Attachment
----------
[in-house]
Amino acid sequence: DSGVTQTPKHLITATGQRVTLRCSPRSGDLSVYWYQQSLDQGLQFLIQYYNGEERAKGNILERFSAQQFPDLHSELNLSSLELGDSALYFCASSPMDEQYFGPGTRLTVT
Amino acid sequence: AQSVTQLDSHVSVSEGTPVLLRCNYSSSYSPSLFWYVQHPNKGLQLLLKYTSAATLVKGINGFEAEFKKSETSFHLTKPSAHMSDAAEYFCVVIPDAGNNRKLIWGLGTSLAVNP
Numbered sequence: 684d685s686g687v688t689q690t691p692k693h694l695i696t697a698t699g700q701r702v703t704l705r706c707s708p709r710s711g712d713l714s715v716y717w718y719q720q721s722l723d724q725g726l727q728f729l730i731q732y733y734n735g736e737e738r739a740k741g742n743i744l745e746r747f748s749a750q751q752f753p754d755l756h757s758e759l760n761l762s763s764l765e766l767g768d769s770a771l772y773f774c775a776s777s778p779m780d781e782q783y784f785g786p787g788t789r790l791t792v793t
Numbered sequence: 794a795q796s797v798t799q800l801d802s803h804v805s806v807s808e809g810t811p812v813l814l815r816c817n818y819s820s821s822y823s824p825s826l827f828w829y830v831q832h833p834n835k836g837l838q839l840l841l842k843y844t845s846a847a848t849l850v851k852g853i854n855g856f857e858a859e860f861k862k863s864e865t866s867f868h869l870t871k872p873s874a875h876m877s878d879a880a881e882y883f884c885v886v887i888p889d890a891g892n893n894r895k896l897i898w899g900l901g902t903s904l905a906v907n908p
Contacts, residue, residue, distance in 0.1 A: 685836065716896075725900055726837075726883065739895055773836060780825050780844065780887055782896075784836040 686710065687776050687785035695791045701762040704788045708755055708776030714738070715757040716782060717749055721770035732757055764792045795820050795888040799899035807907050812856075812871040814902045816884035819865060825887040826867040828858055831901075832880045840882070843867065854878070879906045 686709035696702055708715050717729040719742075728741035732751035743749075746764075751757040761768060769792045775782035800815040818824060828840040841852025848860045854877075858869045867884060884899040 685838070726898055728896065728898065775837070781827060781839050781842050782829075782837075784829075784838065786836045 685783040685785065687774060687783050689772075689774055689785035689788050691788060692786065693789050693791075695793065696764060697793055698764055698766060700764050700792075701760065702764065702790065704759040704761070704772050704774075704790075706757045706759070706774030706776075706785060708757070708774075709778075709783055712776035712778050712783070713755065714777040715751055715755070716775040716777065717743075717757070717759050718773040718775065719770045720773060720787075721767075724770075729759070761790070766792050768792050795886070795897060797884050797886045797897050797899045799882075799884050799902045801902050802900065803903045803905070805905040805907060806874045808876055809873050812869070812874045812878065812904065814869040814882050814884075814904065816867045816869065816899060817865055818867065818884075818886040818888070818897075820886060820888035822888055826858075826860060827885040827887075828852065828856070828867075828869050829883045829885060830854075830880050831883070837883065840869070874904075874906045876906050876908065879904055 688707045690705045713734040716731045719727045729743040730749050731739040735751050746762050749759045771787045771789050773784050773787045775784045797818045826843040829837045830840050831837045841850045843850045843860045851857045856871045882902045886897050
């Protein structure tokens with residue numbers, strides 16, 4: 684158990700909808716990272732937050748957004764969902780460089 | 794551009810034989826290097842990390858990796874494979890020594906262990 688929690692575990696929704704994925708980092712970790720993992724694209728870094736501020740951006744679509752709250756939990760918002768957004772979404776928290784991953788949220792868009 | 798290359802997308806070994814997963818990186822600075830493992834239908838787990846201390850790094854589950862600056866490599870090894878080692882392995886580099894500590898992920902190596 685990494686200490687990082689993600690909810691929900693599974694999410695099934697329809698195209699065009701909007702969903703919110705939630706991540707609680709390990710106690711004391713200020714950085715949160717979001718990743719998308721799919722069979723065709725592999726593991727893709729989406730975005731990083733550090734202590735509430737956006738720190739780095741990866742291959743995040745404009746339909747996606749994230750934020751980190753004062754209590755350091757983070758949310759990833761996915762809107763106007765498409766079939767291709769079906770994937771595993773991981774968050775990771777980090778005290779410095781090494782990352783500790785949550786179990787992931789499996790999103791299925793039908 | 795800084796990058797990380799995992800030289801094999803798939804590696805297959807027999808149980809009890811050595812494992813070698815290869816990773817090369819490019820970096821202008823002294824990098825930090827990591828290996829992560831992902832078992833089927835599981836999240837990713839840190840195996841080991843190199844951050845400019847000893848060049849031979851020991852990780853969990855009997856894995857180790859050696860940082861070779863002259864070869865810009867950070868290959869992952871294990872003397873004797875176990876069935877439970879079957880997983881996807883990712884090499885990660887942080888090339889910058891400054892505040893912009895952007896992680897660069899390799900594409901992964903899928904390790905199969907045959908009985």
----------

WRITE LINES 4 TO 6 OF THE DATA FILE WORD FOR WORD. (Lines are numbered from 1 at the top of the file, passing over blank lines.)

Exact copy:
Numbered sequence: 684d685s686g687v688t689q690t691p692k693h694l695i696t697a698t699g700q701r702v703t704l705r706c707s708p709r710s711g712d713l714s715v716y717w718y719q720q721s722l723d724q725g726l727q728f729l730i731q732y733y734n735g736e737e738r739a740k741g742n743i744l745e746r747f748s749a750q751q752f753p754d755l756h757s758e759l760n761l762s763s764l765e766l767g768d769s770a771l772y773f774c775a776s777s778p779m780d781e782q783y784f785g786p787g788t789r790l791t792v793t
Numbered sequence: 794a795q796s797v798t799q800l801d802s803h804v805s806v807s808e809g810t811p812v813l814l815r816c817n818y819s820s821s822y823s824p825s826l827f828w829y830v831q832h833p834n835k836g837l838q839l840l841l842k843y844t845s846a847a848t849l850v851k852g853i854n855g856f857e858a859e860f861k862k863s864e865t866s867f868h869l870t871k872p873s874a875h876m877s878d879a880a881e882y883f884c885v886v887i888p889d890a891g892n893n894r895k896l897i898w899g900l901g902t903s904l905a906v907n908p
Contacts, residue, residue, distance in 0.1 A: 685836065716896075725900055726837075726883065739895055773836060780825050780844065780887055782896075784836040 686710065687776050687785035695791045701762040704788045708755055708776030714738070715757040716782060717749055721770035732757055764792045795820050795888040799899035807907050812856075812871040814902045816884035819865060825887040826867040828858055831901075832880045840882070843867065854878070879906045 686709035696702055708715050717729040719742075728741035732751035743749075746764075751757040761768060769792045775782035800815040818824060828840040841852025848860045854877075858869045867884060884899040 685838070726898055728896065728898065775837070781827060781839050781842050782829075782837075784829075784838065786836045 685783040685785065687774060687783050689772075689774055689785035689788050691788060692786065693789050693791075695793065696764060697793055698764055698766060700764050700792075701760065702764065702790065704759040704761070704772050704774075704790075706757045706759070706774030706776075706785060708757070708774075709778075709783055712776035712778050712783070713755065714777040715751055715755070716775040716777065717743075717757070717759050718773040718775065719770045720773060720787075721767075724770075729759070761790070766792050768792050795886070795897060797884050797886045797897050797899045799882075799884050799902045801902050802900065803903045803905070805905040805907060806874045808876055809873050812869070812874045812878065812904065814869040814882050814884075814904065816867045816869065816899060817865055818867065818884075818886040818888070818897075820886060820888035822888055826858075826860060827885040827887075828852065828856070828867075828869050829883045829885060830854075830880050831883070837883065840869070874904075874906045876906050876908065879904055 688707045690705045713734040716731045719727045729743040730749050731739040735751050746762050749759045771787045771789050773784050773787045775784045797818045826843040829837045830840050831837045841850045843850045843860045851857045856871045882902045886897050